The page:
24. 24. Expert Witnesses #1 • In domestic arbitrations, expert witnesses often report and testify by analogy to Rule 53.03. • Oral examination as to qualifications only if the expert’s qualifications are in dispute. • If liability and quantum are bifurcated damages or valuation report will not be necessary until the damages or quantum phase of the hearing. • Arbitrator will not appoint a neutral expert unless the parties so direct. It could be more dangerous than the apparent cost saving. www.ellynlaw.com • BUT – the expert’s report will often be the evidence in chief. • BUT, the Arbitral Tribunal can appoint an expert under Arb. Act, s. 28 and under ICAA Model Law s.26. 24
  25. 25. Expert Witnesses #2 • Each of the international rules address expert witnesses. UNCITRAL Arb Rules Art. 29 deals with “Experts appointed by the Tribunal”. Arbitrators seek input from parties but do not require consent. • Focus is on the independence, neutrality and competence of the expert. Tribunal-appointed experts are the norm under the civil law tradition. • Chartered Institute of Arbitrators has a Protocol for the Use of Party-Appointed Expert Witnesses in International Arbitration (2007). www.ellynlaw.com • In international arbitrations, there are established protocols. • IBA Rules on Taking Evidence in International Arbitration (2010) are also commonly relied upon. 25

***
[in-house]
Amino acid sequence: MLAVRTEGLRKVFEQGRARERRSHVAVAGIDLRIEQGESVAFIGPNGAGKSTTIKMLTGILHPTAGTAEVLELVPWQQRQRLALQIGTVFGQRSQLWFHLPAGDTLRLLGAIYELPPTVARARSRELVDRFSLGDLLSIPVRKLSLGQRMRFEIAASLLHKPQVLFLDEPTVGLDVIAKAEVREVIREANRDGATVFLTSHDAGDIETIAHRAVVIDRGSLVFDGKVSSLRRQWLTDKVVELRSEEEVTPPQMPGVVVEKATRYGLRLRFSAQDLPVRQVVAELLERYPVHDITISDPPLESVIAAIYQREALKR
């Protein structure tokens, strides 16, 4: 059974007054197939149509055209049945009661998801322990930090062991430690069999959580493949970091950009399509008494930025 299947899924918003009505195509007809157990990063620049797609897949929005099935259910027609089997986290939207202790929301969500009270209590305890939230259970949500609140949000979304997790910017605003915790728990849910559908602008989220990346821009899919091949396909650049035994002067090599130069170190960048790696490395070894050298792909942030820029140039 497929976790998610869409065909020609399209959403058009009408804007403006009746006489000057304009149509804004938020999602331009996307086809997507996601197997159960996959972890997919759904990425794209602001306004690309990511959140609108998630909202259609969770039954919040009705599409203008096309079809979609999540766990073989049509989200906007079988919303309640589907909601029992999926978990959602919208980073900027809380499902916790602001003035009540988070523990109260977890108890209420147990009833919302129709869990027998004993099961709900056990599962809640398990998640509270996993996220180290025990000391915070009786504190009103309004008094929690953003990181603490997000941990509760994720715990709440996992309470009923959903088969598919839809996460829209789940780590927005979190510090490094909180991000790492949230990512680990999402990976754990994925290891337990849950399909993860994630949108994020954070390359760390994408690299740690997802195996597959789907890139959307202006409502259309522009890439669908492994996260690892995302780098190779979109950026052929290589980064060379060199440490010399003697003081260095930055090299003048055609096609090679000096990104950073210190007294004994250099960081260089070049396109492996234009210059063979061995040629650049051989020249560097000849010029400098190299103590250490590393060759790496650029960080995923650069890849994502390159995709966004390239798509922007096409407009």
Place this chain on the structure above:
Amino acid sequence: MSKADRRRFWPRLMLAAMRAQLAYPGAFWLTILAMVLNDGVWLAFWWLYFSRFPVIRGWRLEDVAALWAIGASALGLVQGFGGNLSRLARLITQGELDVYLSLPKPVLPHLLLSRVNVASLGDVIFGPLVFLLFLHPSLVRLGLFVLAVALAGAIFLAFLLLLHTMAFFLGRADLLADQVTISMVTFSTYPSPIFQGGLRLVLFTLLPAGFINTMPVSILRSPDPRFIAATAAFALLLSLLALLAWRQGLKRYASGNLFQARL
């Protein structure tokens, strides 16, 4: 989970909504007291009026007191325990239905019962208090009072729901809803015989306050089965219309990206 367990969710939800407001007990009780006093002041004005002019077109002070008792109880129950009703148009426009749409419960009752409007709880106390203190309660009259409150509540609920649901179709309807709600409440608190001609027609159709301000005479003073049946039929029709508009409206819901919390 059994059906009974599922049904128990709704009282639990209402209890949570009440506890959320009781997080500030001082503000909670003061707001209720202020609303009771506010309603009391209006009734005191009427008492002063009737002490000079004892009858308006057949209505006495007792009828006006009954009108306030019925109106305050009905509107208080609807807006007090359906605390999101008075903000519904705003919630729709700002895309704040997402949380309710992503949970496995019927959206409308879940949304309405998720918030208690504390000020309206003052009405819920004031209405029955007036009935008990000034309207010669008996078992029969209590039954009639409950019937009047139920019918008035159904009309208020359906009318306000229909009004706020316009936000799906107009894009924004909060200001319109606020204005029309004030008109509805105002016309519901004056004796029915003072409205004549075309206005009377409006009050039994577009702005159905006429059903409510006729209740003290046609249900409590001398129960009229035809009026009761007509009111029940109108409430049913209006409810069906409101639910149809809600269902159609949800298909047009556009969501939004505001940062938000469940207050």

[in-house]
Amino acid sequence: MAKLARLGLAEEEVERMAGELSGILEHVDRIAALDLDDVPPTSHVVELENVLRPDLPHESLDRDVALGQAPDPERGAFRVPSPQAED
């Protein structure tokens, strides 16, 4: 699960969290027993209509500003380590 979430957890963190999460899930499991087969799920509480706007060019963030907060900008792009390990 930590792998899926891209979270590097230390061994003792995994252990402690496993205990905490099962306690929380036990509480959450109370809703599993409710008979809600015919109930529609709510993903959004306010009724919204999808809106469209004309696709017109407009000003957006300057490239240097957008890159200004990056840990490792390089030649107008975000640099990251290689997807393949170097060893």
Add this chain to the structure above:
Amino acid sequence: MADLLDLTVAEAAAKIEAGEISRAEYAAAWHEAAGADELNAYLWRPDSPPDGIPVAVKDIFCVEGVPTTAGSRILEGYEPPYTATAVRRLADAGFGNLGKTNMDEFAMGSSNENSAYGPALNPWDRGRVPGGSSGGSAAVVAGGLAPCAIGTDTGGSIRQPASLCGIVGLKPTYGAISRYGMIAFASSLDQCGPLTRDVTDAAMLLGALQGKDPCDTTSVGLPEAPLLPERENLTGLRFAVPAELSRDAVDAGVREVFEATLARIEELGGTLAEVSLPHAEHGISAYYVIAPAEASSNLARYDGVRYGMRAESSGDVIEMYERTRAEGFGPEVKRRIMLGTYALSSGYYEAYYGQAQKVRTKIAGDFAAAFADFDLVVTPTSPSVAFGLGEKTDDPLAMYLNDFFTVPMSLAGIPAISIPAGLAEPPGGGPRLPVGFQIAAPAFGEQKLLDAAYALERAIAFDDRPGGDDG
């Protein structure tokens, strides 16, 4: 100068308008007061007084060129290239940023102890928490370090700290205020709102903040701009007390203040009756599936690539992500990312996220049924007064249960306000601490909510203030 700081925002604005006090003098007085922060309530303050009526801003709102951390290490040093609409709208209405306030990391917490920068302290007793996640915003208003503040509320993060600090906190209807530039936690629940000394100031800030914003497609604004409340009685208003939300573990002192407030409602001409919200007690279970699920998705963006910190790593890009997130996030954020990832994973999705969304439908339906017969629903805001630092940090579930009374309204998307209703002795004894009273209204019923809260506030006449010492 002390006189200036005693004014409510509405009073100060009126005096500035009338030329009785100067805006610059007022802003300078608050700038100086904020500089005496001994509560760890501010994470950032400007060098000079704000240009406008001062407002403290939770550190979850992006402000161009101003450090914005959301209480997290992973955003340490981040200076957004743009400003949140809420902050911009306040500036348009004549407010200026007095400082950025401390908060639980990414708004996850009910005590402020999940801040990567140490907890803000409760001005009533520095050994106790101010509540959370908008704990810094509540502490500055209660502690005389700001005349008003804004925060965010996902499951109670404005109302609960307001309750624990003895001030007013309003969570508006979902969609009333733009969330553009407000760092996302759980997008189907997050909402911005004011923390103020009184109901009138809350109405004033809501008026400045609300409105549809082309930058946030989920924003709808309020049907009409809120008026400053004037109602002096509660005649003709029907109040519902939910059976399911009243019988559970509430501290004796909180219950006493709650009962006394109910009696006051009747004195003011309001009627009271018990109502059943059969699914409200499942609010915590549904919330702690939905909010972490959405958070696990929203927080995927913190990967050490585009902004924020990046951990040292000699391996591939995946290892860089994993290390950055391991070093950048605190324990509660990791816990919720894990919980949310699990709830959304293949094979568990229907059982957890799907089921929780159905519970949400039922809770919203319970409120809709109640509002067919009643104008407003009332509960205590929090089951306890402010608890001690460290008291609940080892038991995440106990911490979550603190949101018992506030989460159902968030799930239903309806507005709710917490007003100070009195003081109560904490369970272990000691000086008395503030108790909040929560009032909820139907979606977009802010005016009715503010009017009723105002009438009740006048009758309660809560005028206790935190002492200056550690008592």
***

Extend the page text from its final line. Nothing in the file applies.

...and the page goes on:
26. 26. Expert Witnesses #3 • Expert evidence “for the party” is unpersuasive and may be inadmissible. • CIArb Protocols specifically make this point: • experts should provide assistance to the Arbitral Tribunal and not advocate the position of the Party appointing them. www.ellynlaw.com • Counsel must assess whether the evidence of the expert witness “of the party” (i.e. hired to assist the arbitrator neutrally) or “for the party” (an advocate for the position of the party who hired the expert). • IBA Rules have provisions to the same effect. • Expert must sign a statement of independence. • Past or present relationship with a party must also be disclosed by the expert. 26